W.O. Parmer named to top four in Alabama Reading Initiative
The Kindergarten, first and second grade teachers at W.O. Parmer Elementary School have a lot to be proud of. As a whole, they raised the schools reading scores 26 percent to put them as one of the top schools in the state that participate in Gov. Bob Riley’s Alabama Reading Initiative.
Principal Carol Teague had set a challenge for the teachers in each of their respective grades to score at least 80 percent for that grade level and when the scores came back, they had done it.
&uot;We are part of the Alabama Reading First Initiative and we take Dibels Assessments at the beginning of the year, middle of the year and at the end of the year,&uot; said Teague. &uot;So it is a state goal that 80 percent of our students would benchmark. We are 79 plus percent as a whole school. Every student is individually tested and if they make their benchmark, that is the percentage of students who are able to do.&uot;
The first grade posted an 88 percent in nonsense word fluency, and the second grade, following a recalculation had posted the 80 percent in oral reading fluency. The Kindergarten teachers posted 72 percent in initial sound fluency. As a reward for their efforts, the teachers were treated by Teague to cake and drinks during Monday’s staff meeting.
&uot;We are in the top four of the state,&uot; said Teague. &uot;I am very, very proud of our teachers, they work hard every single day to put academics first. Our two reading coaches work hard every day, making them stay focused. We’ve had intensive development this year to help us. So we are very excited about our accomplishments.&uot;
They also were treated to public recognition when Gerry Adair, Administrative Assistant to the Superintendent of Schools, presented them with certificates marking their accomplishments. Those only went out to a specific group of teachers and then Teague presented her own certificates to all the teachers.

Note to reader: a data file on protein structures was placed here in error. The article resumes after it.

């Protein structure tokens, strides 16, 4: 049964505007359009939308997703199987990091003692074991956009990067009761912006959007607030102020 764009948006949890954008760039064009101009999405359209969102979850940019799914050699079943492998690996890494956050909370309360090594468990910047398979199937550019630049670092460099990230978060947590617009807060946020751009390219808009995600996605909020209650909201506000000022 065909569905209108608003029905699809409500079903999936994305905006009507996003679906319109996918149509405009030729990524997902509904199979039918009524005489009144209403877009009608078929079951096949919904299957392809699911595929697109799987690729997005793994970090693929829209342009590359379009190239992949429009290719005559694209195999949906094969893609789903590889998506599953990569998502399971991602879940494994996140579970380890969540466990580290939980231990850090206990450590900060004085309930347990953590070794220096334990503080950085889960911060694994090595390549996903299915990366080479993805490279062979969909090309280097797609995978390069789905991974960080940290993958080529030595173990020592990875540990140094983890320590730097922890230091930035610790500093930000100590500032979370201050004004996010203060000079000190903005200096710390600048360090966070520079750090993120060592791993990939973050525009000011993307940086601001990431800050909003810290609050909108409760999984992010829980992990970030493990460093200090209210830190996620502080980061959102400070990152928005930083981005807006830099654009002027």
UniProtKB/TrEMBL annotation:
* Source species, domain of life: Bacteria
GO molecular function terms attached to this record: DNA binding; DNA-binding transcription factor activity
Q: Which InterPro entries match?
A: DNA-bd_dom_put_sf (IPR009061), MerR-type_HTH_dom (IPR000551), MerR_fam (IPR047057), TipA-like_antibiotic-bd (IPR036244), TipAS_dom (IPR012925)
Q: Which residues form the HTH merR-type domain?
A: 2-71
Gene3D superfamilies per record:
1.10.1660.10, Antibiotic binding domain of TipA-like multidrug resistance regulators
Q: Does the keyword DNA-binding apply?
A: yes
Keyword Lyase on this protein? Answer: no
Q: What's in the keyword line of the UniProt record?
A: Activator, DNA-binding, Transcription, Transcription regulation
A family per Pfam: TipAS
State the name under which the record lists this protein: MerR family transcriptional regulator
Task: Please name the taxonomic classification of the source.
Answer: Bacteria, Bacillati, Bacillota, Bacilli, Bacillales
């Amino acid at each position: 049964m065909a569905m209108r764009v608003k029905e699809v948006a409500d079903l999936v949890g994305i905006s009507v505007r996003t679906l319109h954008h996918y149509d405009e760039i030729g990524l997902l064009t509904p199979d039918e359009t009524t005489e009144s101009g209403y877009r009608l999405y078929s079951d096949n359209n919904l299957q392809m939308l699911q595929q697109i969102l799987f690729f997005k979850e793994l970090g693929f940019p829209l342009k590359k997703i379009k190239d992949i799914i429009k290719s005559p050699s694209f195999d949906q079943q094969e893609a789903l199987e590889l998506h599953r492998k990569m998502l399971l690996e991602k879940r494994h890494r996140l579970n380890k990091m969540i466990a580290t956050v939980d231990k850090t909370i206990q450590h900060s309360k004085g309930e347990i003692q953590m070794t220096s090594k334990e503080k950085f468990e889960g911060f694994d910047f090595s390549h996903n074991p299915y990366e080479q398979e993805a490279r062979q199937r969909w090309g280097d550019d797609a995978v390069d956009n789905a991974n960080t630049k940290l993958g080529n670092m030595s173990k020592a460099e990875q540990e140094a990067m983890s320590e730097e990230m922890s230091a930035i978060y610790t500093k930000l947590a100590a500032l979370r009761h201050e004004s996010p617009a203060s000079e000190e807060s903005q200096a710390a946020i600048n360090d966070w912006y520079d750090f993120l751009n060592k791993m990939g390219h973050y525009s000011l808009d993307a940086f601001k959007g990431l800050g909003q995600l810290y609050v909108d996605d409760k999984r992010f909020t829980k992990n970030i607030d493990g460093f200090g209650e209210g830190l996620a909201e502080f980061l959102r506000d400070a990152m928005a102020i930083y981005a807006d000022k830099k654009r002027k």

Four lucky teachers also got additional certificates, of the gift variety, through a drawing. Leslee Pritchett, a first grade teacher won a $100 gift certificate, the largest amount of the group. Beth Burnette, Paige Barr and Quana Scott all won $25 gift certificates.
But, Adair raised the bar for the teachers so as not to become complacent in their success. She challenged them to improve their percentages by 11 percent, putting them into the 90 percent range and moving them into the top spot for elementary schools in the state of Alabama.
&uot;It’s amazing, we wrote the grant three years ago,&uot; said Adair. &uot;The Alabama Reading First Initiative, it goes right along with the No Child Left Behind. Now these teachers have worked hard and we’ve put a lot of money in this grant. We put $200,000 a year into this program and it’s paid off. Every penny has been worth it. Our next step is to be first in the state and we can do it. Because we’ve made the score we needed to make and if our state monitoring report is good, then we can apply for three more years and get $600,000.&uot;
The Alabama Reading Initiative is funded by a grant that’s worth $200,000.